I’m Not a Mourning Person

Posted: August 13, 2015 in Random Thoughts
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My dad died two weeks ago.  I went to work the next day, as usual.  I’ve wondered why my dad’s death hasn’t bothered me as much as I thought it would — all I can come up with is that while I was growing up, my dad was a mean cuss.  I watched him beat my stepmother in a drunken rage, when I was 14.  I watched him smack my sister in the mouth for talking back to my stepmom.  I watched him hit my stepbrother several times.  He came after me once when he was drunk, but I was quick and stayed out of his reach.  I spent my high school years staying out of my dad’s reach.

I remember the time he told me he couldn’t wait until we kids turned 18, so he could get rid of us.  I left home when I was 17, joining the Navy, and distanced myself from my dad for good.  For about 35 years, we would go for months without talking to each other, and spend our short phone conversations talking about the weather and what we were watching on TV.  When we actually visited each other, I was always reminded we had very little in common.  My dad and I had become strangers.  Dad changed in the last few years of his life.  He seemed to have mellowed and wanted to hear from me more often, but the distance between us was always there.

When I went back home in June, I was struck by how different my dad had become.  He was having memory problems.  I bought him a tablet to use for using Facebook so he could keep in touch with the family, but I had to explain to him many times just how to unlock the tablet (just place your fingertip in the circle and slide it to the side).  I read him some messages he’d received on Facebook, and he chatted with his brother for a few minutes.  He really liked that, but I knew as soon as I’d left, he would never use the tablet again.  And he didn’t.

A month ago, I received a phone call from dad’s current wife, Barbara, who told me he was in the hospital, close to death.  My sister pretty much said the same thing, so I cancelled my work trip and drove back home as fast as I could.  He was alive when I arrived two days later.  When I talked to the nurse about him, they said he’d had a fall and had pneumonia.  I’d received a different report from my sister, but he seemed to be unconscious, which fit what my sister’d said.  So, I pulled up a chair and sat with him for a while.  He seemed to have lost a lot of weight in the month since I’d last seen him, but I figured it was because of his illness.  Then he stirred and noticed me, and began talking.  I moved over to his bedside and began talking with him.  Some of the things he talked about didn’t make sense, and something just didn’t seem right.  His nose looked different.  I went outside to the nurses and told them I didn’t think that person was my dad.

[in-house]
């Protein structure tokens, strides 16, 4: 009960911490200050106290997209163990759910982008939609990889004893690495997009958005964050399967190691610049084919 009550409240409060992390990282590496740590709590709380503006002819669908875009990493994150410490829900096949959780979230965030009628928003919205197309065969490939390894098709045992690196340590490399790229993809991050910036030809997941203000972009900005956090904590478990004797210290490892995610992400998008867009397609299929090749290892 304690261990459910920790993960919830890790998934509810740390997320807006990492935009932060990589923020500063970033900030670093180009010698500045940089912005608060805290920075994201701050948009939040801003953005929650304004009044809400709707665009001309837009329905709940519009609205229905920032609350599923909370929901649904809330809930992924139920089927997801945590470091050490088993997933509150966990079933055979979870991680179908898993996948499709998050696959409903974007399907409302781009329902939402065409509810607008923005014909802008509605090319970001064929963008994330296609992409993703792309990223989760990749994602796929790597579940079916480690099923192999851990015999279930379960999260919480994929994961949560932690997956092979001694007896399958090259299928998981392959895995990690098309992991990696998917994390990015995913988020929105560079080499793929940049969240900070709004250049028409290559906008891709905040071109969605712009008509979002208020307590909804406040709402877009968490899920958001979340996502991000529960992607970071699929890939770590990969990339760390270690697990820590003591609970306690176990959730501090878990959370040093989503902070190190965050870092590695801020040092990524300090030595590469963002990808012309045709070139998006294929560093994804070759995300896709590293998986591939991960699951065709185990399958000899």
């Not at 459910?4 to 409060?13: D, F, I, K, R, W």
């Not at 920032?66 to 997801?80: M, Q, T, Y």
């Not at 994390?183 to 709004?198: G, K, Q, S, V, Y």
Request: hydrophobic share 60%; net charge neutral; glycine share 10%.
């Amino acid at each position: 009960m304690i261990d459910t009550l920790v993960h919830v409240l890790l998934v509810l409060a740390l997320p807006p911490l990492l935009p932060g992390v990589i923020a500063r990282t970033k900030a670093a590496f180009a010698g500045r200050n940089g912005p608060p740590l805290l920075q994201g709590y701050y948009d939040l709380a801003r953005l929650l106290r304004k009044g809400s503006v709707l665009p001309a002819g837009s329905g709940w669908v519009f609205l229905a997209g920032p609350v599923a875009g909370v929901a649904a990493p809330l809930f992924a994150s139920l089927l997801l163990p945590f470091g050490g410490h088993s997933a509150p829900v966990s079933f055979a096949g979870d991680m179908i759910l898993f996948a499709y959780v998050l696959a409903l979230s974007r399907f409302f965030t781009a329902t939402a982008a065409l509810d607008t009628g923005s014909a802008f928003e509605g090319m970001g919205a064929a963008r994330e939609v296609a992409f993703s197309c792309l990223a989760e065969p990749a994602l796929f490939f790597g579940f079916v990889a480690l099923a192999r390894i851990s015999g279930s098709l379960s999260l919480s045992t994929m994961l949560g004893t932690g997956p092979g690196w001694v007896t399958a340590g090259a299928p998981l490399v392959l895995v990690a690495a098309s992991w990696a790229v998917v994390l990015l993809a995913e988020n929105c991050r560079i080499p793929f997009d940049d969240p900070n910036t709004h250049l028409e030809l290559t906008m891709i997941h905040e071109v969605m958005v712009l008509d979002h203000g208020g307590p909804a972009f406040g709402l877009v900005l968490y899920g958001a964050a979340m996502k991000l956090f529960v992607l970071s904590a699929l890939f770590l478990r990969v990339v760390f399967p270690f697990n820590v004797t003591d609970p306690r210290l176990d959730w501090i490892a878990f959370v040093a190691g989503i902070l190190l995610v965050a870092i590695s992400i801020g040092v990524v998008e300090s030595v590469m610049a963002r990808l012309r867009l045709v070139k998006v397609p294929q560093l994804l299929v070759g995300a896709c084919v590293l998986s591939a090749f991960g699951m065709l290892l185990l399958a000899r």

Turned out, it wasn’t.  My dad had been moved into the room next door.  I glanced into that room while talking to the nurse, and recognized my dad right away.  He was awake, pleading with anyone who would listen.  He was in a lot of pain and wanted pain medication.  I went into his room and talked with him, but all he had on his mind was his pain.  I asked if he’d like me to hold his hand for a while, and he said yes.  After a short time, he looked at me at then changed his grip to shake my hand.  This was when I was sure he realized who I was, because we always shook hands when we got together.  But, as soon as we shook hands, his mind was consumed with his pain again, and that’s the last time my dad even knew I was there.  I visited him four more times before I had to return home and go back to work, and he was never again awake while I was there.  I took four days to drive home, and was home for four days before receiving the call he’d passed away.  Hearing the news was like hearing a distant relative had died.

And I went to work the next day, like usual.

I’ve always wondered why I don’t cry and gnash my teeth when learning about the deaths of people I know.  Maybe it has to do with losing my mom when I was 8.  Maybe it doesn’t.  She was the last person I ever cried for.  I think I’ve purposefully kept people at a distance ever since.

When my wife of 24 years (someone I dearly loved) said she wanted a divorce, I didn’t cry.  Apparently I kept a distance from her, too.

I’m not a mourning person.

And yet, I say that knowing I cried like a baby when my dog, Doogie died and when my cat, Mouse passed away.

Today Barbara called and told me she’d interred his ashes at a veterans cemetery and had given him an Air Force military funeral.  I talked with her for about a half-hour.  I can tell she really misses him, and sometimes I wish I missed him more.



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